(All photographs by Alan Hale unless otherwise specified.)


The primary reason for this trip was to observe the total solar eclipse, which took place (from Zimbabwe) in the afternoon of Thursday, June 21. Totality occurred at 3:15 P.M. local time, and lasted for slightly over three minutes. We viewed the eclipse from the village of St. Alberts, in northern Zimbabwe located along the Zambezi Escarpment.
At left is a picture of the eclipse around mid-totality. At right is a photograph taken at the moment that everyone who witnesses a total eclipse hates to see, the diamond ring that signifies the end of totality (the first bit of sunlight peeking through around the moon). Note how over-exposed this photo is, even though the corona can still be seen extending from the opposite side of the "diamond."
Our primary scientific project during the eclipse was an attempt to image any comets that might be near the sun during totality, a project undertaken in collaboration with Doug Biesecker, with the SOHO project at Goddard Spaceflight Center. We had attempted this project -- unsuccessfully -- at the 1999 eclipse with rudimentary equipment, however for this eclipse we had use of a 20 cm (8 inch) telescope and a CCD camera.

Through Doug, we were in contact with the SOHO project until just a few minutes before totality; we had hoped that there would be a report of a comet being visible with SOHO at the time, which in turn would tell us where to aim the telescope. Unfortunately, there were no such reports, so we essentially had to "shoot in the dark," i.e., take images at certain (somewhat arbitrary) locations along a hypothetical inbound cometary trajectory.


Overall, we took three exposures; one of these is shown at left. No stars are visible; the white regions are due to scattered sunlight -- the sky was still quite bright -- and the dark regions are "haloes" due to dust grains on the optical surfaces. Based on test exposures taken in bright twilight, any stars (or other objects) bright enough to be detected with SOHO should have been recorded in our exposures, however there were no stars of this brightness at the location this image, nor where any of our images, were taken. Of course, we didn't record any comets either. From that perspective, then, our project was unsuccessful, although given the lack of any comets being detected by SOHO this was not a surprise.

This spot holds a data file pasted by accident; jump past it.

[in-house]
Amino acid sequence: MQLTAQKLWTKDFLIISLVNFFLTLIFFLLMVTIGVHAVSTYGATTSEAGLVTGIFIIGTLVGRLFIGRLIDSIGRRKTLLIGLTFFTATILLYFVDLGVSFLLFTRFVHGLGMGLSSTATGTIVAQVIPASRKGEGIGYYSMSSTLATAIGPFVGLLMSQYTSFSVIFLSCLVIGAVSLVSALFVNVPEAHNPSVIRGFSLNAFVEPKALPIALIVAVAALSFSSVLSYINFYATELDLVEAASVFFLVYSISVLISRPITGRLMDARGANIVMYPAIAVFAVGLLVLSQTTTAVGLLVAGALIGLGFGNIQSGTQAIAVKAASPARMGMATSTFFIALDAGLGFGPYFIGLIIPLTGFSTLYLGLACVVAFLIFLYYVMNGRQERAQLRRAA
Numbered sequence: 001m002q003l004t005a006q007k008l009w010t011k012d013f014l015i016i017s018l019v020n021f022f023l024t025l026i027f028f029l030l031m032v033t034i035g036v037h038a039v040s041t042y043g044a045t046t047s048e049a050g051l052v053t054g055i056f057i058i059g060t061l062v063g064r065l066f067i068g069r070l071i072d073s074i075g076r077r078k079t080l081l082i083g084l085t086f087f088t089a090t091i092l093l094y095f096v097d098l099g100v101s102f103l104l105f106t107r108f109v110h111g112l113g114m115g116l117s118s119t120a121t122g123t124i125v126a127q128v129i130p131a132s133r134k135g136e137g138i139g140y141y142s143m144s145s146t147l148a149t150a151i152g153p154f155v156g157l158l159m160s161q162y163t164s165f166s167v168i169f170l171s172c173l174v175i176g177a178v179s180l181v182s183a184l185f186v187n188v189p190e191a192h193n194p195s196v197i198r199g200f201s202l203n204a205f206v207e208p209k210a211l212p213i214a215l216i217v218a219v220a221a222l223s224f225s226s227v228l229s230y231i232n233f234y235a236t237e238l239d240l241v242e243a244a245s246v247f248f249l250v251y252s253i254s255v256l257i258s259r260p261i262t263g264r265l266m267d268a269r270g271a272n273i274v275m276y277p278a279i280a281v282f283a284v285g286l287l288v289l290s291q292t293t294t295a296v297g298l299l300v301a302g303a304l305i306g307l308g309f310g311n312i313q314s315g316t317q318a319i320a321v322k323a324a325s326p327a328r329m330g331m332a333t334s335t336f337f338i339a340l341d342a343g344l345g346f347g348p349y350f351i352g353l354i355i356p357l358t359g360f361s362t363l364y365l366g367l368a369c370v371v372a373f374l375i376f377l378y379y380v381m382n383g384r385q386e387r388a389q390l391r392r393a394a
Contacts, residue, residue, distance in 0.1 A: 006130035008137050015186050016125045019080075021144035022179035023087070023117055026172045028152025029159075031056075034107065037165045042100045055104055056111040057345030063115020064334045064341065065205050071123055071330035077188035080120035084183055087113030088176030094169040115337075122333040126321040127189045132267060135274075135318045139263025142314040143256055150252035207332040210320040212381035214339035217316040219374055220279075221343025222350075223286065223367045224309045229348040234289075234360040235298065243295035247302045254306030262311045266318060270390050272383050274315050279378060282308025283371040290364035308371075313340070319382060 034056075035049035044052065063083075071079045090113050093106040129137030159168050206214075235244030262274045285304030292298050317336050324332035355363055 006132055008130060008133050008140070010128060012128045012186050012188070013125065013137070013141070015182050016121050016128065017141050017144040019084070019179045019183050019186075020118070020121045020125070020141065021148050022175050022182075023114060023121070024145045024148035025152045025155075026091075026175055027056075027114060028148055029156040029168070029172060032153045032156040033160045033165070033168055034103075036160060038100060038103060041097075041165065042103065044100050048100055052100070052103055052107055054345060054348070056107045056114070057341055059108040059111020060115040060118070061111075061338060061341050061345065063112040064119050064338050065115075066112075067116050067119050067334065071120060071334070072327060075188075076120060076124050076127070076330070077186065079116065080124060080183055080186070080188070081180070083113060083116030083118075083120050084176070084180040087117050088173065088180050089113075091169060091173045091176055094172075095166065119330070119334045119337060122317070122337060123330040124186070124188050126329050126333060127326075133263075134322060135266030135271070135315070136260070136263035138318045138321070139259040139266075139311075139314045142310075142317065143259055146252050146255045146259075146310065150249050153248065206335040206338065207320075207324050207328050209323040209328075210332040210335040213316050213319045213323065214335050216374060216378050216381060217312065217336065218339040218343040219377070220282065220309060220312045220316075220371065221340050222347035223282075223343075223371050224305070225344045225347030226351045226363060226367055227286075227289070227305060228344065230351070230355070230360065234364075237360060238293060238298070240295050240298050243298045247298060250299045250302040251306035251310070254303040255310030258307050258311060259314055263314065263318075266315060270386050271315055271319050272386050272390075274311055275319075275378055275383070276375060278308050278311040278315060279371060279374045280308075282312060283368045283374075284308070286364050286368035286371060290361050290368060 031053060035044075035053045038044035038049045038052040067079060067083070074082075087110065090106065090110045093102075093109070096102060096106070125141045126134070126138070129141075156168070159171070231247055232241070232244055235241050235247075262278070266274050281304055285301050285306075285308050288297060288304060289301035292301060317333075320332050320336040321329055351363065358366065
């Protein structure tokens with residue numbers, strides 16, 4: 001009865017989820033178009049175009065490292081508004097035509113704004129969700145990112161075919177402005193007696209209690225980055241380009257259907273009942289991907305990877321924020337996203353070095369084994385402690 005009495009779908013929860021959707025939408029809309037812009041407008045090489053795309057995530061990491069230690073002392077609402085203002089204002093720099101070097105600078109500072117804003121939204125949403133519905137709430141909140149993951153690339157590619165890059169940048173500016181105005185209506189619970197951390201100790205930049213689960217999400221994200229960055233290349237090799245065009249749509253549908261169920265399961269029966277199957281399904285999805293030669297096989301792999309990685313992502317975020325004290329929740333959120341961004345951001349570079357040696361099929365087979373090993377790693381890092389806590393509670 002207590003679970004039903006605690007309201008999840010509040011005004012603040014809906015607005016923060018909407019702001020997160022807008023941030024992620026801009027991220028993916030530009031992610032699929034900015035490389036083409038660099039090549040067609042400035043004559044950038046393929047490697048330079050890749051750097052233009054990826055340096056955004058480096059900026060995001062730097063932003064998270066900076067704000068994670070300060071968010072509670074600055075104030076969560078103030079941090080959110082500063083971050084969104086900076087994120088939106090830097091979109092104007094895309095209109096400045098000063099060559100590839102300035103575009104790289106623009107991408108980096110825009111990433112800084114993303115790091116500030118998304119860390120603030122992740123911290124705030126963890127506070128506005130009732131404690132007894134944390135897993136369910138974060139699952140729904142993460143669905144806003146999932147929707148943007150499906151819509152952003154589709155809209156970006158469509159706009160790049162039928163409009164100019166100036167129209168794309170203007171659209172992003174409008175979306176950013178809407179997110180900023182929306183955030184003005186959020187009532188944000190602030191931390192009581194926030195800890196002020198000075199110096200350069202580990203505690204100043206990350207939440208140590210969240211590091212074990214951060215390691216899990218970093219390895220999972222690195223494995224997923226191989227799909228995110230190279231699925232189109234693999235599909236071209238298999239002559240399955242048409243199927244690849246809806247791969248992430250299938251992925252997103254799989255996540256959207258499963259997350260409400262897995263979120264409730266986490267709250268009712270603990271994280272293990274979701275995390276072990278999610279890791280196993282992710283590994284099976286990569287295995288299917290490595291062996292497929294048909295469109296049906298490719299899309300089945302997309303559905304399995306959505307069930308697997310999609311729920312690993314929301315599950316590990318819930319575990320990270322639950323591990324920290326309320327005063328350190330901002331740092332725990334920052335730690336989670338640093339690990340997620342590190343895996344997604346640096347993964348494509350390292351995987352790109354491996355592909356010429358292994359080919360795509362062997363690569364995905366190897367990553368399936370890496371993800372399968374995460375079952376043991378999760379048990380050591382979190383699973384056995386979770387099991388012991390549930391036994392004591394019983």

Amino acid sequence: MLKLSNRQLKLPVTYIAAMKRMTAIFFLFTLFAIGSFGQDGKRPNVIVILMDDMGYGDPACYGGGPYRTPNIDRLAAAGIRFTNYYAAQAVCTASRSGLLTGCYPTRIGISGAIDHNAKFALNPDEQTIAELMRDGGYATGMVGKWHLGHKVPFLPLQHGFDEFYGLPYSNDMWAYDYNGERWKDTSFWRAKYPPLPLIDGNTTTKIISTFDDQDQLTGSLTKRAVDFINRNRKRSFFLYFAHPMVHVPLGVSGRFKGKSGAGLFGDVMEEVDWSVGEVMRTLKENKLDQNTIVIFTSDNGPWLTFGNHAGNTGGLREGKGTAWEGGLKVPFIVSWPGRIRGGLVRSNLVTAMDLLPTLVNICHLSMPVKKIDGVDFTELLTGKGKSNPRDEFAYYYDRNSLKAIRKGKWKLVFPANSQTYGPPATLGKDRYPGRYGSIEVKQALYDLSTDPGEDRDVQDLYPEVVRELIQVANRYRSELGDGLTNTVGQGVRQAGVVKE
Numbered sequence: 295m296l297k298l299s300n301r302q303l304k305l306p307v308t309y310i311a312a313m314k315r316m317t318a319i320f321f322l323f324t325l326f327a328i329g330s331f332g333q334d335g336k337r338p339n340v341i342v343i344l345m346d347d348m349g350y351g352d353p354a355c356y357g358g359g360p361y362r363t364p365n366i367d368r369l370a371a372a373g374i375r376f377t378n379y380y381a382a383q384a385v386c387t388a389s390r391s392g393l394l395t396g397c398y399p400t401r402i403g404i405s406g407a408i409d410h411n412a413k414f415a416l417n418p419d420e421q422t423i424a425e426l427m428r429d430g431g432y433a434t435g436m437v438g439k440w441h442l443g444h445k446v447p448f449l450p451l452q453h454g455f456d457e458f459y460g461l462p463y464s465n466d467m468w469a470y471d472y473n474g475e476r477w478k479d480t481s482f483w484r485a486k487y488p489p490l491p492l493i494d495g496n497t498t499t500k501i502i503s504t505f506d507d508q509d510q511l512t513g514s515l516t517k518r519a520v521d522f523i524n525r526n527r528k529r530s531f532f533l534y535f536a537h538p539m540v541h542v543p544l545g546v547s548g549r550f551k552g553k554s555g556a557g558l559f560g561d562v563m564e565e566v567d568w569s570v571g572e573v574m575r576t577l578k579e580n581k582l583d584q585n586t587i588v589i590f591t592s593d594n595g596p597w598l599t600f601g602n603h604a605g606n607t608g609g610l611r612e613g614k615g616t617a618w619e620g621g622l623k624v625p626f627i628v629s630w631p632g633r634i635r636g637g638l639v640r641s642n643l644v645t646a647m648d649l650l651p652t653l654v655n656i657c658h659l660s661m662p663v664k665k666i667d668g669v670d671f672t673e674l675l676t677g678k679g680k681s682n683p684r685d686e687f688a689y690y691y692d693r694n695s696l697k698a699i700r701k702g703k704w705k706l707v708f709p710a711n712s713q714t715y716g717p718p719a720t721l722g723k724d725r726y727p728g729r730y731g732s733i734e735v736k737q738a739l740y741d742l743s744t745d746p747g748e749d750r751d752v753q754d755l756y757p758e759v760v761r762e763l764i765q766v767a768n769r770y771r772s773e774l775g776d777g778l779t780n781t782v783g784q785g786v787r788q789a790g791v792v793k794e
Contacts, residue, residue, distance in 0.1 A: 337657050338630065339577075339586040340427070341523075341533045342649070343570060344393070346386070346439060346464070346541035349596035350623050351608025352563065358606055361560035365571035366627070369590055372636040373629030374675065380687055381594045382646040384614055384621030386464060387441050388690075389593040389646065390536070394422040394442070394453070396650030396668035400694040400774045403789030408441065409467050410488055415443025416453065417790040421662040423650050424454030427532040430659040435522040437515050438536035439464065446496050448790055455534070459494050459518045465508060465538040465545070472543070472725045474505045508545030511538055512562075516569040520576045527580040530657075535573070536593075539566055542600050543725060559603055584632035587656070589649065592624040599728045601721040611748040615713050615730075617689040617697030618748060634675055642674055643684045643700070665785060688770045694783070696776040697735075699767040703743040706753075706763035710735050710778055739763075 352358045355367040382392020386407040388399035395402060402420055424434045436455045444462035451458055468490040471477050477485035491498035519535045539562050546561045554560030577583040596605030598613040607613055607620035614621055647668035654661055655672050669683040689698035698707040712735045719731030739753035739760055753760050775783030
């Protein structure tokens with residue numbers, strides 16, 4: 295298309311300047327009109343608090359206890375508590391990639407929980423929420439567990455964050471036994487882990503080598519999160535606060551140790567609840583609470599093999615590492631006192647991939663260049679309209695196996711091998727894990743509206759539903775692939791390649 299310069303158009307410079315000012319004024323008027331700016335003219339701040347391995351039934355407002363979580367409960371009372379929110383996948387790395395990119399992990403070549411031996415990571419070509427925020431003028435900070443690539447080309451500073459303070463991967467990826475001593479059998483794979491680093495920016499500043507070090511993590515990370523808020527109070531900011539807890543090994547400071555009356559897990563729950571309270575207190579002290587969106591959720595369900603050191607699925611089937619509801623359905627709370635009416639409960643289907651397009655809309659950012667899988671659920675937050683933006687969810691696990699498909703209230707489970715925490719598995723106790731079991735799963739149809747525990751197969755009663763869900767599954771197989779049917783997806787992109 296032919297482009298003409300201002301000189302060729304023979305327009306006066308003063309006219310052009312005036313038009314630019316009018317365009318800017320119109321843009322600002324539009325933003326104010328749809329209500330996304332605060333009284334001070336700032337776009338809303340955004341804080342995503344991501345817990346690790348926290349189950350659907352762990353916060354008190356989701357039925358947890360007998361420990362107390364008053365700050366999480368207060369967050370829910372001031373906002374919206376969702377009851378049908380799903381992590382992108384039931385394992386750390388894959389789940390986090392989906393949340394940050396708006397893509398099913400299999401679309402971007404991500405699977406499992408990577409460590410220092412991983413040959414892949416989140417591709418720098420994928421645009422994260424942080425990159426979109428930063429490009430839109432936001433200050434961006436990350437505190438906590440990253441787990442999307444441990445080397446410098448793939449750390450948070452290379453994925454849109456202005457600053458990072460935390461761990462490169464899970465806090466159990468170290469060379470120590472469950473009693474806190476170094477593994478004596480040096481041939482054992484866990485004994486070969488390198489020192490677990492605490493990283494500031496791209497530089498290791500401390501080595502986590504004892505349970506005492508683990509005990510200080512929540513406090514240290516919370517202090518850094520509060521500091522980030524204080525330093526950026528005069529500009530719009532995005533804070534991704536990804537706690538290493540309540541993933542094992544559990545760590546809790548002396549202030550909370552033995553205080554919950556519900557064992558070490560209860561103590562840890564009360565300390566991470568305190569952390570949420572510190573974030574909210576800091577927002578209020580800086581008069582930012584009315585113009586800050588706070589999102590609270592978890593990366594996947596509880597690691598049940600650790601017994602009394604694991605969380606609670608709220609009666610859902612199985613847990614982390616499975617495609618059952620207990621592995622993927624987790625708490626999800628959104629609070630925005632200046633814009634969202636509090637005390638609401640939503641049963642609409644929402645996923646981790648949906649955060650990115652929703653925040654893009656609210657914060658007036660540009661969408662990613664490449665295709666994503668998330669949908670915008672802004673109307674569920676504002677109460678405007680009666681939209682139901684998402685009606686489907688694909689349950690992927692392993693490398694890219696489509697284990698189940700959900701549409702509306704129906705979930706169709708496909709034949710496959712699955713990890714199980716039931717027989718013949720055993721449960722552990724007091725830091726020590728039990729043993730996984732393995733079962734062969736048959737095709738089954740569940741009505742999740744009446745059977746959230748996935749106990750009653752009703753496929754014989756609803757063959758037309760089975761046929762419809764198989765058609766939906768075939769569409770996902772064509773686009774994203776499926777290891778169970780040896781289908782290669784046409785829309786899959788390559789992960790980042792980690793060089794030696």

As luck would have it, however, a comet (designated as C/2001 M6) was detected in the SOHO images approximately 11 hours after the eclipse. Based upon the orbit that was calculated from the SOHO data, at the time of totality the comet would have been located less than two field diameters from where the above image was taken. We were close but, as they say, no cigar . . .
Not only did we have an eclipse to observe, but one of the brightest comets in recent years was visible from the southern hemisphere during our journey. Comet LINEAR was an easy naked-eye object in the morning sky from shortly before the middle of June onwards.
At left is a photograph taken from Harare on the morning of June 16; several degrees of tail can be seen. (There was a fairly bright crescent moon in the sky at the time, which made the background sky a bit bright.) At right is a CCD image of the coma of Comet LINEAR, taken from St. Alberts on the morning of June 22.


Since Zimbabwe is located in the southern hemisphere, this trip afforded an opportunity to view some objects in the southern hemisphere that aren't visible from New Mexico and similar latitudes in the northern hemisphere. Below are some CCD images of some of these objects; these were taken from St. Alberts on the night of June 21-22 (with the exception of Omega Centauri, which was taken the previous night).
LEFT: the globular star cluster Omega Centauri, the best object of its kind anywhere in the sky. (Omega Centauri is actually visible from New Mexico, but only very low above the southern horizon). RIGHT: the globular star cluster 47 Tucanae, also one of the best such objects in the sky.
LEFT: the star cluster known as the Jewel Box, located off the eastern arm of the Southern Cross. RIGHT: hi-resolution image of the two primary components of the Alpha Centauri system, the nearest stars to our own solar system.